Jesse Dayton has a hard time shaking the voice. Without warning, he breaks into Kinkyspeak: "A happy childhood is the worst possible preparation for life," he growls.
Back out of character he also admits that his cigar consumption has gone up since he signed on as one of three people portraying the titular subject of Becoming Kinky: The World According to Kinky Friedman, a new musical play that began a four-night run at McGonigel's Mucky Duck Monday night.
The play first started to come together two years ago after a 2009 benefit performance of Always … Patsy Cline at Stages Repertory Theater. That production was written by Stages founding director Ted Swindley. Friedman was in attendance. The following day, Houston philanthropist Carolyn Farb, who chaired the benefit and had also supported Friedman's previous run for governor of Texas, kicked around the idea of a stage production based on the life, music and writings of the musician, writer, philanthropist, occasional gubernatorial candidate, animal lover and general Texas iconoclast. Swindley ran with the idea.
While Friedman's trademark humor is present in Becoming, the production isn't strictly comic. "For anybody who thinks this is just a regular play," Dayton says and laughs, "this is not. It's very irreverent at times, but there are some hard-core sections of it, you know? This isn't just a typical feel-good play."
Swindley says he "wasn't a die-hard fan or anything," but after Farb's pitch, he did some homework. "It felt like there was a lot of magic here," he says. "It just felt right, plus I'm real nostalgic for Houston, having lived there for 17 years."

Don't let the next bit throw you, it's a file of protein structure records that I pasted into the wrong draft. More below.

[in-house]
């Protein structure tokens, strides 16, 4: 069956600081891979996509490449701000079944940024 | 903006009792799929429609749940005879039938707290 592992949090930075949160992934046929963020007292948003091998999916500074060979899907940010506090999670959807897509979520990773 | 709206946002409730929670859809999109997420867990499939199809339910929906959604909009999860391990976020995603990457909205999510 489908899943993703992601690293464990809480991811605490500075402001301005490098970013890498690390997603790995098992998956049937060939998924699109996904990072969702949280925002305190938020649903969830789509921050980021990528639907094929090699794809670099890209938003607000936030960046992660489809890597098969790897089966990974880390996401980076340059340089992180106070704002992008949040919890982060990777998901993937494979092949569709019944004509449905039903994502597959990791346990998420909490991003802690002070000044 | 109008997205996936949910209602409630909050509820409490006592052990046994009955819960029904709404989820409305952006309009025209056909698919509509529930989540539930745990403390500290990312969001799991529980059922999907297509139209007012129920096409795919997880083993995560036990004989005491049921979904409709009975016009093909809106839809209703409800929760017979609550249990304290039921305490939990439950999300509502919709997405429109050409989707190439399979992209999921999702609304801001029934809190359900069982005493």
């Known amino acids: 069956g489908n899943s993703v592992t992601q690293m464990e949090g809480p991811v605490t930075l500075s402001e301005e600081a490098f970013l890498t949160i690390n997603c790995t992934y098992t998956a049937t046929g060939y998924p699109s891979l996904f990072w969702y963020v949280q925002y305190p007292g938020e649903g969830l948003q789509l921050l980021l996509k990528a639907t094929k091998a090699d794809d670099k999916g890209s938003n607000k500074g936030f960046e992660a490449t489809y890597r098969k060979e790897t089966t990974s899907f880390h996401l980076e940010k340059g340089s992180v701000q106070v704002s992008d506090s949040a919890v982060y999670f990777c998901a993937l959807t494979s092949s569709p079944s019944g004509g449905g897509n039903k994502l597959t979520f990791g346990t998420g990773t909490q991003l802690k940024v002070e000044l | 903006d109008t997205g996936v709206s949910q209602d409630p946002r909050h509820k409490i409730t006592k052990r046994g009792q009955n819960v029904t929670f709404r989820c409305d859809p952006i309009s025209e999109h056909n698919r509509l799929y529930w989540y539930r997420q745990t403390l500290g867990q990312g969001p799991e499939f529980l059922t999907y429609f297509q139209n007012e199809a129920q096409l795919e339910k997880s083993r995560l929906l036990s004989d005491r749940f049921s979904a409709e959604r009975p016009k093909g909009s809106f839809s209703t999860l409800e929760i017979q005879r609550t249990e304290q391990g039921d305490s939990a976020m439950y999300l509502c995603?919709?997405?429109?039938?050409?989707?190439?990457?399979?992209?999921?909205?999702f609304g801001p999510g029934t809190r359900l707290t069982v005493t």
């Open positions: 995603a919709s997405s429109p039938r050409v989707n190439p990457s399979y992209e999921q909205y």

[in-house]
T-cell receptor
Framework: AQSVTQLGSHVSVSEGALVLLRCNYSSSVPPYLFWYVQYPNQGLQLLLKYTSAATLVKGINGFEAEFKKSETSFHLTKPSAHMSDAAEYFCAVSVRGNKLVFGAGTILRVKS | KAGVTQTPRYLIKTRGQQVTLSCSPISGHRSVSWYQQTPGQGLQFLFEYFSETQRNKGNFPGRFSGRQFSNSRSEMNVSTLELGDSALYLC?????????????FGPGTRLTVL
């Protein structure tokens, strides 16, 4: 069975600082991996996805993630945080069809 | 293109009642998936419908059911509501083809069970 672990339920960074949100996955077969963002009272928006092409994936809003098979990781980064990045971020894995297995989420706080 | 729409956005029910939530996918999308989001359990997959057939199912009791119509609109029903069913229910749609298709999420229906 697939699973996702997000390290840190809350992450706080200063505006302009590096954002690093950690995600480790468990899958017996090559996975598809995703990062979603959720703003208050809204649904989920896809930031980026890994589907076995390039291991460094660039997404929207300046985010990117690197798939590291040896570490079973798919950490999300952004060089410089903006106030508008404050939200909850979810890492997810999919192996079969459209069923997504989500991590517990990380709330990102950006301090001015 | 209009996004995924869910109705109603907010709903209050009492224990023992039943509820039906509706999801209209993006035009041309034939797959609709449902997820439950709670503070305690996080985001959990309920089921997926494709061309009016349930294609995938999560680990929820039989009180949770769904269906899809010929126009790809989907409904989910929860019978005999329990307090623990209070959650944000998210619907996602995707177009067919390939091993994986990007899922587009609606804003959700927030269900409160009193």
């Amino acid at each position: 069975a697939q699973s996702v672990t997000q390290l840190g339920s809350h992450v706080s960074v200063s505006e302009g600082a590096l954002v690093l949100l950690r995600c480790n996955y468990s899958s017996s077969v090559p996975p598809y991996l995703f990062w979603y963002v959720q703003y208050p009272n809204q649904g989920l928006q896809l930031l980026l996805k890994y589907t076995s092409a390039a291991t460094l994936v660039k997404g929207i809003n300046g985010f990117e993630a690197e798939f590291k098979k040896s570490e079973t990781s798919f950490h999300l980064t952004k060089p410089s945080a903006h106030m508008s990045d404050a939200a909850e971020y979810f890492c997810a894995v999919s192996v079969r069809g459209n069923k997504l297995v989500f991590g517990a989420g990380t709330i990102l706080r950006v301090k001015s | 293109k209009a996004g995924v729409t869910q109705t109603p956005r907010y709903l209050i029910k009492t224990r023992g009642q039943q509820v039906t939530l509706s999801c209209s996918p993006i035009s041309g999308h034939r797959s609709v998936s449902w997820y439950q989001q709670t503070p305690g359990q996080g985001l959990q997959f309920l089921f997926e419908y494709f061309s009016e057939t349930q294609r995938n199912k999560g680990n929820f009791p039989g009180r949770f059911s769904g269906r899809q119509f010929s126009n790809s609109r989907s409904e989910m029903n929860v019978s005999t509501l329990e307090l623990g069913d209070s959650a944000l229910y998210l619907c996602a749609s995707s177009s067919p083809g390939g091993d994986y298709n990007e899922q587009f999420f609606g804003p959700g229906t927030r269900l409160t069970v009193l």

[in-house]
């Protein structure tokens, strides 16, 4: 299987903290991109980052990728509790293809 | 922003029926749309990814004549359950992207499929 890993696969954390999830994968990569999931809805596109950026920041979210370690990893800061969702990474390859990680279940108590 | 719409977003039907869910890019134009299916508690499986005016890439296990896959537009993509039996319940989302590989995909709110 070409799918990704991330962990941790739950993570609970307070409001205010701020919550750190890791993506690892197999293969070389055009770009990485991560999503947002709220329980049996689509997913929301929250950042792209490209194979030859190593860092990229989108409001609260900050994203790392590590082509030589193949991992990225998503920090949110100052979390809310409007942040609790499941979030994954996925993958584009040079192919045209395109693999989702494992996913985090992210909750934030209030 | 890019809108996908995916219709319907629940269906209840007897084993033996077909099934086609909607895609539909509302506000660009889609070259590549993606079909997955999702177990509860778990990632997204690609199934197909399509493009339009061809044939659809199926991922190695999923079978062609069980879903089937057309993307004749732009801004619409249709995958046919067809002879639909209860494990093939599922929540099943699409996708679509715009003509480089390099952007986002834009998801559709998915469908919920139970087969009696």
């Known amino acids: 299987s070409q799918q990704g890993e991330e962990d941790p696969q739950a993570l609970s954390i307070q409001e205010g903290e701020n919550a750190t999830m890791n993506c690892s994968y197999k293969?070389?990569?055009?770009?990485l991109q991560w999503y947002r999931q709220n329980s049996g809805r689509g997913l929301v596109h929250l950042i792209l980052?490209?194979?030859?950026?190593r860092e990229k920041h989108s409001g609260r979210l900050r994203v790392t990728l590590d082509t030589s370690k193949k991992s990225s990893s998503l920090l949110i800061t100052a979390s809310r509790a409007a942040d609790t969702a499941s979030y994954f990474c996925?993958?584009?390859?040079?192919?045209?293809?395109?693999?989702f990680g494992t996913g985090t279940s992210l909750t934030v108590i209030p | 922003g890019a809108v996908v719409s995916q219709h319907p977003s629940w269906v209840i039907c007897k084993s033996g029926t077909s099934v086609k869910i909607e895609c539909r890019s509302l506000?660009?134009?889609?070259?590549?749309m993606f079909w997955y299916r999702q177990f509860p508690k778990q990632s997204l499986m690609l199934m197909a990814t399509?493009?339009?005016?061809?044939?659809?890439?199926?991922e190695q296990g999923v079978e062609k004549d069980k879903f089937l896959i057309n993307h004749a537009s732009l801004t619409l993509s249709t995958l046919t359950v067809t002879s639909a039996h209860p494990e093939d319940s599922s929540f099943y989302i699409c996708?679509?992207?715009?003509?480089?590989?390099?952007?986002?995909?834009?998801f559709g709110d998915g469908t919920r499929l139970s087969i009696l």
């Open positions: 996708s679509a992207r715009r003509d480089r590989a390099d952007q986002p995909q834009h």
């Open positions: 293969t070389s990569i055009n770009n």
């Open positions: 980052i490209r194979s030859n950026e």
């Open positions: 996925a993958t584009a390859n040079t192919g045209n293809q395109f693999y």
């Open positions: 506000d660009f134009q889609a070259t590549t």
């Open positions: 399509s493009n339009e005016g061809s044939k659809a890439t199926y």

The biggest challenge, Swindley says, was condensing Friedman's larger-than-life persona. "It was a tough distillation process trying to capture Kinky," he says. So he hatched the idea of three Kinkys in the production: a young, Peace Corps Kinky, singer-songwriter Kinky and the more recent Kinky. "Of course, we also had to have Little Jewford in the cast as an added bonus," he says.
Farb says her goal with the play is that it "will immortalize him. He's like Will Rogers, a great iconic figure of our time."
Dayton likens Friedman to "Texas' own Hunter S. Thompson. He's always been an important figure in all of our lives as Texans. There's a lot of truth and depth, even to his goofier stuff."
Friedman spent part of last week watching rehearsals. "It's beyond surreal," he says. "I'll tell you that.
"But to paraphrase Oscar Wilde, I'm glad he's the man I've chosen to misrepresent me."
As for the future of Becoming Kinky, Swindley says there are plans after its debut in Houston to shop it around the country. Friedman would like to see it performed beyond the U.S.
"The purse-lipped Baptists in Waco won't like it, because it's irreverent and edgy," he says. "But there's a certain magic to it. It's going to kill when it gets to New York or London. The farther it gets from Texas, I bet the better it does."